The Philippines has the lowest gross external debt position among the ASEAN-5 countries, according to World Bank data. The country posted a 20.11% external debt-to-GNI ratio as of 2019. Thailand is closest behind at 34.07%, followed by Indonesia at 36.85%, while Malaysia registered 64.59%. Vietnam did not have available data for 2019 but recorded a 47.86% external debt ratio in 2018. (Table 1)
The Philippines has the lowest gross external debt position among the ASEAN-5 countries, according to World Bank data. – World Bank
As a percent of Exports of Goods and Services and Primary Income, the Philippines’ external debt ratio dropped to 54.4% in the first quarter of 2020 from 54.8% in the same period last year. The decline is due primarily to public sector debt which dropped from US$40.13B to US$38.3B. (Table 2) Compared with two decades ago, when the country was recovering from the Asian financial crisis, the external debt ratio in 2020 was significantly lower at 51.2% of the debt-exports ratio in 2000.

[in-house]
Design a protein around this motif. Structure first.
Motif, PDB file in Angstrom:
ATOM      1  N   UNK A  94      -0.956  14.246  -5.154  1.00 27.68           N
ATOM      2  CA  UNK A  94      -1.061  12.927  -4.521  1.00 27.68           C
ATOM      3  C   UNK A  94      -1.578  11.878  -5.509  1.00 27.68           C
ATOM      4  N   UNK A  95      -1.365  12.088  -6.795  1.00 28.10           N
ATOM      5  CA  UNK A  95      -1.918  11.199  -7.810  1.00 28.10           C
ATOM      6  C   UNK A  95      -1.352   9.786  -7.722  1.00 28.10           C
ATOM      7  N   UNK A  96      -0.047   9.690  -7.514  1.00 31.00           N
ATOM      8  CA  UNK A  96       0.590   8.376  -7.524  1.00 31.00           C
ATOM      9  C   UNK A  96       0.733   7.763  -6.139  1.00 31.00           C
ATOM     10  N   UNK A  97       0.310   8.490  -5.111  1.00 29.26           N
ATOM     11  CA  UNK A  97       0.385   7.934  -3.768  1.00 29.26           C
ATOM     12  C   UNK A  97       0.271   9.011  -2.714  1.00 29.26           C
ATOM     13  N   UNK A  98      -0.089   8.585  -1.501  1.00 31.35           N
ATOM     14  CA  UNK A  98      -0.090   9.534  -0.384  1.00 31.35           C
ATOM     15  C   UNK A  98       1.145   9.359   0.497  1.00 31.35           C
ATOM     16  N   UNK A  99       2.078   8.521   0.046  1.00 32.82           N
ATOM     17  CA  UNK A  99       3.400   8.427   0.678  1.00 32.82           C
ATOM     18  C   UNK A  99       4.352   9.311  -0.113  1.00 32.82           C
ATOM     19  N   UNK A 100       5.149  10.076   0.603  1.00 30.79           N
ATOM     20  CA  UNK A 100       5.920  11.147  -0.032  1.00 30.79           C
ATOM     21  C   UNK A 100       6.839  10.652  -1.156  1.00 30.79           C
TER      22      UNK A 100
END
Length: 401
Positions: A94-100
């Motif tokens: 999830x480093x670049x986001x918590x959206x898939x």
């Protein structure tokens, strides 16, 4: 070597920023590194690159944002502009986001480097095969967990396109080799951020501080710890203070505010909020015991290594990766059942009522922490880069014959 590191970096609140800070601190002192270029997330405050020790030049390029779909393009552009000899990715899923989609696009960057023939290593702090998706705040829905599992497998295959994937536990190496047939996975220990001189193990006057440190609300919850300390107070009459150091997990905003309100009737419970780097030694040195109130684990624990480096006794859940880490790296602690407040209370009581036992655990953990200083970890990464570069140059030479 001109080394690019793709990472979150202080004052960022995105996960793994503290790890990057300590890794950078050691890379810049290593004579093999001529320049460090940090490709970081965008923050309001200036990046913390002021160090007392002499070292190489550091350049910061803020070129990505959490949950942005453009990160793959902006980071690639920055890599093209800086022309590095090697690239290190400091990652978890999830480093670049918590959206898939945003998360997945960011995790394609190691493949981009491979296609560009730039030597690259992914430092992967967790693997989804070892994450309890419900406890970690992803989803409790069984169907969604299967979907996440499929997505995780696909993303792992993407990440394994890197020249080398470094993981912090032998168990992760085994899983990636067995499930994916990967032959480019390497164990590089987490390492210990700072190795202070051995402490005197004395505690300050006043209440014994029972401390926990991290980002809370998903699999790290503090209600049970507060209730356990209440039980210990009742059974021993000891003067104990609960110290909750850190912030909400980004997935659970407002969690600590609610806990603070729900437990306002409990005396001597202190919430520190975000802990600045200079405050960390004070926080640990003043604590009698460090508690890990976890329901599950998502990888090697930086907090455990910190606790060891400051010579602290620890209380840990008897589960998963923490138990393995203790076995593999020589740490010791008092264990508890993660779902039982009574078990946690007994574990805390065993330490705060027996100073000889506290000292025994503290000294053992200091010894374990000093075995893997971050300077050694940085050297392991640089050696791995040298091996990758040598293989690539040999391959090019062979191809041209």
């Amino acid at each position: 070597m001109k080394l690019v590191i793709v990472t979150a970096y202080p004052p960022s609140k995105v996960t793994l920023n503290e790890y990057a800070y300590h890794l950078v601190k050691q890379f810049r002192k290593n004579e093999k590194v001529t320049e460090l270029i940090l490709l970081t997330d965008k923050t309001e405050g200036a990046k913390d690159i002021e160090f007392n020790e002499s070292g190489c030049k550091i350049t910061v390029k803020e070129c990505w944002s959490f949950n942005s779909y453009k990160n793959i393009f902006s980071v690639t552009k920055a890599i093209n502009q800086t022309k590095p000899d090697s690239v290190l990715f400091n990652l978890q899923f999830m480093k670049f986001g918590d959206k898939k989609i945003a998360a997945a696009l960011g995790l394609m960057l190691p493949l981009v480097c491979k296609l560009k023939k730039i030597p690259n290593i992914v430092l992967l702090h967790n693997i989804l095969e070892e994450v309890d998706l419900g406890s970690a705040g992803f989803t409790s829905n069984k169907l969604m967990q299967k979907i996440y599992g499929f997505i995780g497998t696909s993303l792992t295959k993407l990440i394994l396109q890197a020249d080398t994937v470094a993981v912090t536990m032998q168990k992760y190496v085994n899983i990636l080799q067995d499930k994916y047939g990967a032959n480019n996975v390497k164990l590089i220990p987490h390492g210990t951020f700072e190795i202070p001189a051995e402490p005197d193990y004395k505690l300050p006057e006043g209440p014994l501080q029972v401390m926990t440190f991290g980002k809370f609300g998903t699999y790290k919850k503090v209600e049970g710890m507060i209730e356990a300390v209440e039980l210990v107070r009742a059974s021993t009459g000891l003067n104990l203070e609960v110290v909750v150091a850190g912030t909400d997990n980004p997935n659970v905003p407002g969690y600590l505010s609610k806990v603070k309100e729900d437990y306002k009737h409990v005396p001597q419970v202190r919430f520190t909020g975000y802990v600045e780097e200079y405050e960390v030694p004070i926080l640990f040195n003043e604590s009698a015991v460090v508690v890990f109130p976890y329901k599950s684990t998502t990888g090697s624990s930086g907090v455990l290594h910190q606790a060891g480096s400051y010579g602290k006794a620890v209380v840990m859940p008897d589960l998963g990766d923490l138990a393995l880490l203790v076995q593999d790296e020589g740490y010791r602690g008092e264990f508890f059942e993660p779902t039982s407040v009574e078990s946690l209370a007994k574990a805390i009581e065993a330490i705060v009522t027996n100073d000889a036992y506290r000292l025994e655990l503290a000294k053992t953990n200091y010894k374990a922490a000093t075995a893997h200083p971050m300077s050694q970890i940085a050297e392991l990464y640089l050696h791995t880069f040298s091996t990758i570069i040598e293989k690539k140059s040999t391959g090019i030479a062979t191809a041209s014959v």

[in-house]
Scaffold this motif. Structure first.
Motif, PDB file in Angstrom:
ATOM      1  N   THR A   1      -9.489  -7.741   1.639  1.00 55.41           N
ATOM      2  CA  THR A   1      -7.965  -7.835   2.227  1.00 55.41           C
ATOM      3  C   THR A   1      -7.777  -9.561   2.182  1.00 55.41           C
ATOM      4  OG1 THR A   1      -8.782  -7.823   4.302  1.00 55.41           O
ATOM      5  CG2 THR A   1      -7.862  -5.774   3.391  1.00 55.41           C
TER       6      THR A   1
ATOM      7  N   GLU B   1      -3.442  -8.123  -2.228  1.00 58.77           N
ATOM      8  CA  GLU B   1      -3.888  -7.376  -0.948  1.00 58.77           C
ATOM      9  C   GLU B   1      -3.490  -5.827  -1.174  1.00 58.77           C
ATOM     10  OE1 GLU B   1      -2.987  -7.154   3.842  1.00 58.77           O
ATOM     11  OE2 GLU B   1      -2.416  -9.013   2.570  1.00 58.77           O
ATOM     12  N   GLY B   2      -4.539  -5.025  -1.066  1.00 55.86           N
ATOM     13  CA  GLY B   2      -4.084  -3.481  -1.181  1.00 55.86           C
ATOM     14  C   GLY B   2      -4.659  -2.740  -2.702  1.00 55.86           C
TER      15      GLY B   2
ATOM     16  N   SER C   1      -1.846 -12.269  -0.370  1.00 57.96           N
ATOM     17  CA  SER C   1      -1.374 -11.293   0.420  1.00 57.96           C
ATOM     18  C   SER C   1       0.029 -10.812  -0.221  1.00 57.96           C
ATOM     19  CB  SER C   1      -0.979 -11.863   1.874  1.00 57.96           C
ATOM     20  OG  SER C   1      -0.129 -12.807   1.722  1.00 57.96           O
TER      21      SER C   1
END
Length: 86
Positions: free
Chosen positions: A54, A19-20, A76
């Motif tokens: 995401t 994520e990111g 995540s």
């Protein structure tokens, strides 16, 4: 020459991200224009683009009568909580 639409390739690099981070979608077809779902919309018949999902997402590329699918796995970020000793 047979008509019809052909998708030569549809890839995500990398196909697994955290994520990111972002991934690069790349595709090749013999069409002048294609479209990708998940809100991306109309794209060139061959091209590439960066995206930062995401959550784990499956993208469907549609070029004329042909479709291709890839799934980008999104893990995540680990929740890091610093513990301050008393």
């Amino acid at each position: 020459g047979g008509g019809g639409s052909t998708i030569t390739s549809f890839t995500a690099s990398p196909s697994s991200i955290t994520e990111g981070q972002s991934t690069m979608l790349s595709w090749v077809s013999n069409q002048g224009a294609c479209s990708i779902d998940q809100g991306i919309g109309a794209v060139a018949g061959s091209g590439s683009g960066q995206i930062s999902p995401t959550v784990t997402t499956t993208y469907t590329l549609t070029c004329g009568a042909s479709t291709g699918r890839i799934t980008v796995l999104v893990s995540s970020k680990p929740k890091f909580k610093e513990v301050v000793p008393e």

In the face of a slowing global economy and dampening of investment activities resulting from the COVID-19 pandemic, countries scramble for funds to fuel economic recovery. This is where countries’ overall debt scenario is crucial. While unceratinties abound, debt metrics are among the important indicators being watched by both domestic and international investors, along with credit rating agencies.
In the case of the Philippines, the relatively low external debt-to-GNI ratios attest to the government’s policy of sustaining its prudent borrowing activities. While the realities brought about by the health crisis has significantly changed the global economic and financial landscape, the government is steadfast in pursuing various reforms to raise much needed revenues to stimulate the economy and at the same time enhance the fiscal space.